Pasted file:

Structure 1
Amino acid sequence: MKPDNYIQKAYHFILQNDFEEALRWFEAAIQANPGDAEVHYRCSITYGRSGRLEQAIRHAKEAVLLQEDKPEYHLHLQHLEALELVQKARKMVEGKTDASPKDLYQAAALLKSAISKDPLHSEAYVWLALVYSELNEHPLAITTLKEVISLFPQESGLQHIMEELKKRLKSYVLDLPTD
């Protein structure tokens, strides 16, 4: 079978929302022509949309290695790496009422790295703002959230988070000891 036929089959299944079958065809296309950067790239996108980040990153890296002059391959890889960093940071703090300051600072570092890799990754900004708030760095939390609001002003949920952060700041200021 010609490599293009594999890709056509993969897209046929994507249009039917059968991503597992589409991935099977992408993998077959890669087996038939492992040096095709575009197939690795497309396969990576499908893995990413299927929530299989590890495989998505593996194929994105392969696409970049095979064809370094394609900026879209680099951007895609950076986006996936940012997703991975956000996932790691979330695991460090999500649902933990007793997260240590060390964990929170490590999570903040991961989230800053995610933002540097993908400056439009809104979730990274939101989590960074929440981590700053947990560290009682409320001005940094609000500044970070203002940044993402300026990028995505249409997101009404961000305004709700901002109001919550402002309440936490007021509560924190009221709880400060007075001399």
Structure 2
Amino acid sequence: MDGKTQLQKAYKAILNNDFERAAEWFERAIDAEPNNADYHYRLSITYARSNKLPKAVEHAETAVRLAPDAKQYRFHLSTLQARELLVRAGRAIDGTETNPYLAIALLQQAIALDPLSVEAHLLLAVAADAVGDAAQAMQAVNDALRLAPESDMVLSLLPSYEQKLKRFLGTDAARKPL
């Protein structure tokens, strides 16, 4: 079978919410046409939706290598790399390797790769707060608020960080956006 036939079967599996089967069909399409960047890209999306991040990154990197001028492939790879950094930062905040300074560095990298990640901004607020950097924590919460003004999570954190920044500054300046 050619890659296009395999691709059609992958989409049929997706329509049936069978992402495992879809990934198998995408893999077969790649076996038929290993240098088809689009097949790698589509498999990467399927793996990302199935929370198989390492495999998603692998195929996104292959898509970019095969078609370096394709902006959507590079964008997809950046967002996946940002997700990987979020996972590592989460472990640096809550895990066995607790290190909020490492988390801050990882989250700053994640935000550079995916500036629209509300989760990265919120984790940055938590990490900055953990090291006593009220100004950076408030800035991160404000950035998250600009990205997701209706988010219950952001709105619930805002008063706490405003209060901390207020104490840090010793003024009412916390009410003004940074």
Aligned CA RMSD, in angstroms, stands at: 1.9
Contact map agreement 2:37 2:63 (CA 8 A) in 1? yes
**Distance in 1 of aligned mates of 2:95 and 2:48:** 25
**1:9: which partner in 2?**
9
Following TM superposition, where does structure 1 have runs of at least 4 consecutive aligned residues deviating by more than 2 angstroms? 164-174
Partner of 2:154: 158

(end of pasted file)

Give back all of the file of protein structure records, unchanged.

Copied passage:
Structure 1
Amino acid sequence: MKPDNYIQKAYHFILQNDFEEALRWFEAAIQANPGDAEVHYRCSITYGRSGRLEQAIRHAKEAVLLQEDKPEYHLHLQHLEALELVQKARKMVEGKTDASPKDLYQAAALLKSAISKDPLHSEAYVWLALVYSELNEHPLAITTLKEVISLFPQESGLQHIMEELKKRLKSYVLDLPTD
């Protein structure tokens, strides 16, 4: 079978929302022509949309290695790496009422790295703002959230988070000891 036929089959299944079958065809296309950067790239996108980040990153890296002059391959890889960093940071703090300051600072570092890799990754900004708030760095939390609001002003949920952060700041200021 010609490599293009594999890709056509993969897209046929994507249009039917059968991503597992589409991935099977992408993998077959890669087996038939492992040096095709575009197939690795497309396969990576499908893995990413299927929530299989590890495989998505593996194929994105392969696409970049095979064809370094394609900026879209680099951007895609950076986006996936940012997703991975956000996932790691979330695991460090999500649902933990007793997260240590060390964990929170490590999570903040991961989230800053995610933002540097993908400056439009809104979730990274939101989590960074929440981590700053947990560290009682409320001005940094609000500044970070203002940044993402300026990028995505249409997101009404961000305004709700901002109001919550402002309440936490007021509560924190009221709880400060007075001399």
Structure 2
Amino acid sequence: MDGKTQLQKAYKAILNNDFERAAEWFERAIDAEPNNADYHYRLSITYARSNKLPKAVEHAETAVRLAPDAKQYRFHLSTLQARELLVRAGRAIDGTETNPYLAIALLQQAIALDPLSVEAHLLLAVAADAVGDAAQAMQAVNDALRLAPESDMVLSLLPSYEQKLKRFLGTDAARKPL
């Protein structure tokens, strides 16, 4: 079978919410046409939706290598790399390797790769707060608020960080956006 036939079967599996089967069909399409960047890209999306991040990154990197001028492939790879950094930062905040300074560095990298990640901004607020950097924590919460003004999570954190920044500054300046 050619890659296009395999691709059609992958989409049929997706329509049936069978992402495992879809990934198998995408893999077969790649076996038929290993240098088809689009097949790698589509498999990467399927793996990302199935929370198989390492495999998603692998195929996104292959898509970019095969078609370096394709902006959507590079964008997809950046967002996946940002997700990987979020996972590592989460472990640096809550895990066995607790290190909020490492988390801050990882989250700053994640935000550079995916500036629209509300989760990265919120984790940055938590990490900055953990090291006593009220100004950076408030800035991160404000950035998250600009990205997701209706988010219950952001709105619930805002008063706490405003209060901390207020104490840090010793003024009412916390009410003004940074």
Aligned CA RMSD, in angstroms, stands at: 1.9
Contact map agreement 2:37 2:63 (CA 8 A) in 1? yes
**Distance in 1 of aligned mates of 2:95 and 2:48:** 25
**1:9: which partner in 2?**
9
Following TM superposition, where does structure 1 have runs of at least 4 consecutive aligned residues deviating by more than 2 angstroms? 164-174
Partner of 2:154: 158